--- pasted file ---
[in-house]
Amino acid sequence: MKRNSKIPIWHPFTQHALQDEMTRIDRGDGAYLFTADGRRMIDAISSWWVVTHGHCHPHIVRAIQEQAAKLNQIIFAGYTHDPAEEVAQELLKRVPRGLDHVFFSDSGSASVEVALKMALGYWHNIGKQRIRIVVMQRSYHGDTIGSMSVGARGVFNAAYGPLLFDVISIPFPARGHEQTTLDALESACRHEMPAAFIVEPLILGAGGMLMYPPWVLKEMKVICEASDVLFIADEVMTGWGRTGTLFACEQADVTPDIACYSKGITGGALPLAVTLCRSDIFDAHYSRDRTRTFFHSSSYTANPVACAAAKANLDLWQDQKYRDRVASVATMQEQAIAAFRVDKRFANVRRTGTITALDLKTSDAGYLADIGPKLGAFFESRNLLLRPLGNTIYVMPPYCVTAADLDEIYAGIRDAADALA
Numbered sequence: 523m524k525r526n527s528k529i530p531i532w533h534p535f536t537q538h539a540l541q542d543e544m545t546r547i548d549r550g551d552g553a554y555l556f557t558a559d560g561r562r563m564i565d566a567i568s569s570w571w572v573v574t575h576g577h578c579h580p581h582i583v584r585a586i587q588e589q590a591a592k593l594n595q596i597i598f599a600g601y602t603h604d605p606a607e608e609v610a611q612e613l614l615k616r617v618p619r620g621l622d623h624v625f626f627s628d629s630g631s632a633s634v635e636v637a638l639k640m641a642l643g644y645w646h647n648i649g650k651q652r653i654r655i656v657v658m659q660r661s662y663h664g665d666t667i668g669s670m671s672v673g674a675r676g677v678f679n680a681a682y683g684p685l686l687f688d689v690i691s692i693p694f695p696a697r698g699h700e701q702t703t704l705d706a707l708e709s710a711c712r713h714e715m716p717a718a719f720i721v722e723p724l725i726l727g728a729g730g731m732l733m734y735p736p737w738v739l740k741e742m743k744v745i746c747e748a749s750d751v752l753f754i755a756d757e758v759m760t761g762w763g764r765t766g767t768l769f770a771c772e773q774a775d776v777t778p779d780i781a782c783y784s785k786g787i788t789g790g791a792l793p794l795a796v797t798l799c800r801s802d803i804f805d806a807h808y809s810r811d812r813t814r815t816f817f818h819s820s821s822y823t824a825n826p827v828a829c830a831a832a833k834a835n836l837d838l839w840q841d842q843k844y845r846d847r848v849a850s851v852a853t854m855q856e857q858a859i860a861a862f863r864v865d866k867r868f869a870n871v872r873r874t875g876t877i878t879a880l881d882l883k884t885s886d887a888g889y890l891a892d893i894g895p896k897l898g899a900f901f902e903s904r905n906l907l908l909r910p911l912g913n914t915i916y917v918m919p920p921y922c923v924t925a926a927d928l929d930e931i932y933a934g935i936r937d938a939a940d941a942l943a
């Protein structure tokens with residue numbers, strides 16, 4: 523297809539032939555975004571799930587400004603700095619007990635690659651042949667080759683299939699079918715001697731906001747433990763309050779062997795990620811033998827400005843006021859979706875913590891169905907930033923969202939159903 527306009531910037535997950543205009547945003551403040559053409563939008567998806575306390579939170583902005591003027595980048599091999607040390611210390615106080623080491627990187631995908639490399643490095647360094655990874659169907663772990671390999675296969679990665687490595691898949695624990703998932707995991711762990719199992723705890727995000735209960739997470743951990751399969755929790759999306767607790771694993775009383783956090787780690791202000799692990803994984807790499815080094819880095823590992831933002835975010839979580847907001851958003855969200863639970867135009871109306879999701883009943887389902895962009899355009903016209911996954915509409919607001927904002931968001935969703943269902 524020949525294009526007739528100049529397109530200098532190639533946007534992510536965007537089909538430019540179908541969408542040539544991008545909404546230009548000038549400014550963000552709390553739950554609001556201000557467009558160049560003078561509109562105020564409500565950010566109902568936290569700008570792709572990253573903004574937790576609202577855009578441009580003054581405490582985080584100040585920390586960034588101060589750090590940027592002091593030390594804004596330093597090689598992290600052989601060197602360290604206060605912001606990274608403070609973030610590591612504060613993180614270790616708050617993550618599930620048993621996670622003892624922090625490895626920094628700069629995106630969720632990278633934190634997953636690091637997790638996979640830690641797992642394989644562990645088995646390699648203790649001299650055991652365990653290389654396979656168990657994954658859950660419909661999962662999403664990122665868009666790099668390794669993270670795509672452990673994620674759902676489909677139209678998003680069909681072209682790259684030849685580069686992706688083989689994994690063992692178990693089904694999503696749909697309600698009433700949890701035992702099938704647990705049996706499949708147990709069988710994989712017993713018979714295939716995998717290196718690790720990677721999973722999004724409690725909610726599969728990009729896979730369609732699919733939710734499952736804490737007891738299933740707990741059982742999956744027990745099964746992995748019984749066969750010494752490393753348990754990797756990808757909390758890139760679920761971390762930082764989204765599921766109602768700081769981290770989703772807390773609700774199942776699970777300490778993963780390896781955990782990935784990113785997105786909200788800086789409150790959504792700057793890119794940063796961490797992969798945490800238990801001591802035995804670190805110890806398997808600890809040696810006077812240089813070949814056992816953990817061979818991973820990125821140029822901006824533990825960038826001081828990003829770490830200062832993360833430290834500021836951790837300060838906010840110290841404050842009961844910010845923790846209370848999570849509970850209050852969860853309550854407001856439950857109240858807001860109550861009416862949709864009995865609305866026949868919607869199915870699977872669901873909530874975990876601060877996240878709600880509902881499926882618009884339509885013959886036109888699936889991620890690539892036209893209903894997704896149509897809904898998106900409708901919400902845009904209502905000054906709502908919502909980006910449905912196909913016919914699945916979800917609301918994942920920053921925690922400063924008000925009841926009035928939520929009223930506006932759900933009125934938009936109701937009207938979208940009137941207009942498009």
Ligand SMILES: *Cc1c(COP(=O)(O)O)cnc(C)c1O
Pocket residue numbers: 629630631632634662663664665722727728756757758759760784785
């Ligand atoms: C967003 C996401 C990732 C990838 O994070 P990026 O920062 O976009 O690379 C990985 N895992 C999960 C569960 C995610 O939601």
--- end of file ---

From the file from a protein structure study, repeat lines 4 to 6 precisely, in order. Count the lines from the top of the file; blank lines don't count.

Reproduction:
């Protein structure tokens with residue numbers, strides 16, 4: 523297809539032939555975004571799930587400004603700095619007990635690659651042949667080759683299939699079918715001697731906001747433990763309050779062997795990620811033998827400005843006021859979706875913590891169905907930033923969202939159903 527306009531910037535997950543205009547945003551403040559053409563939008567998806575306390579939170583902005591003027595980048599091999607040390611210390615106080623080491627990187631995908639490399643490095647360094655990874659169907663772990671390999675296969679990665687490595691898949695624990703998932707995991711762990719199992723705890727995000735209960739997470743951990751399969755929790759999306767607790771694993775009383783956090787780690791202000799692990803994984807790499815080094819880095823590992831933002835975010839979580847907001851958003855969200863639970867135009871109306879999701883009943887389902895962009899355009903016209911996954915509409919607001927904002931968001935969703943269902 524020949525294009526007739528100049529397109530200098532190639533946007534992510536965007537089909538430019540179908541969408542040539544991008545909404546230009548000038549400014550963000552709390553739950554609001556201000557467009558160049560003078561509109562105020564409500565950010566109902568936290569700008570792709572990253573903004574937790576609202577855009578441009580003054581405490582985080584100040585920390586960034588101060589750090590940027592002091593030390594804004596330093597090689598992290600052989601060197602360290604206060605912001606990274608403070609973030610590591612504060613993180614270790616708050617993550618599930620048993621996670622003892624922090625490895626920094628700069629995106630969720632990278633934190634997953636690091637997790638996979640830690641797992642394989644562990645088995646390699648203790649001299650055991652365990653290389654396979656168990657994954658859950660419909661999962662999403664990122665868009666790099668390794669993270670795509672452990673994620674759902676489909677139209678998003680069909681072209682790259684030849685580069686992706688083989689994994690063992692178990693089904694999503696749909697309600698009433700949890701035992702099938704647990705049996706499949708147990709069988710994989712017993713018979714295939716995998717290196718690790720990677721999973722999004724409690725909610726599969728990009729896979730369609732699919733939710734499952736804490737007891738299933740707990741059982742999956744027990745099964746992995748019984749066969750010494752490393753348990754990797756990808757909390758890139760679920761971390762930082764989204765599921766109602768700081769981290770989703772807390773609700774199942776699970777300490778993963780390896781955990782990935784990113785997105786909200788800086789409150790959504792700057793890119794940063796961490797992969798945490800238990801001591802035995804670190805110890806398997808600890809040696810006077812240089813070949814056992816953990817061979818991973820990125821140029822901006824533990825960038826001081828990003829770490830200062832993360833430290834500021836951790837300060838906010840110290841404050842009961844910010845923790846209370848999570849509970850209050852969860853309550854407001856439950857109240858807001860109550861009416862949709864009995865609305866026949868919607869199915870699977872669901873909530874975990876601060877996240878709600880509902881499926882618009884339509885013959886036109888699936889991620890690539892036209893209903894997704896149509897809904898998106900409708901919400902845009904209502905000054906709502908919502909980006910449905912196909913016919914699945916979800917609301918994942920920053921925690922400063924008000925009841926009035928939520929009223930506006932759900933009125934938009936109701937009207938979208940009137941207009942498009």
Ligand SMILES: *Cc1c(COP(=O)(O)O)cnc(C)c1O
Pocket residue numbers: 629630631632634662663664665722727728756757758759760784785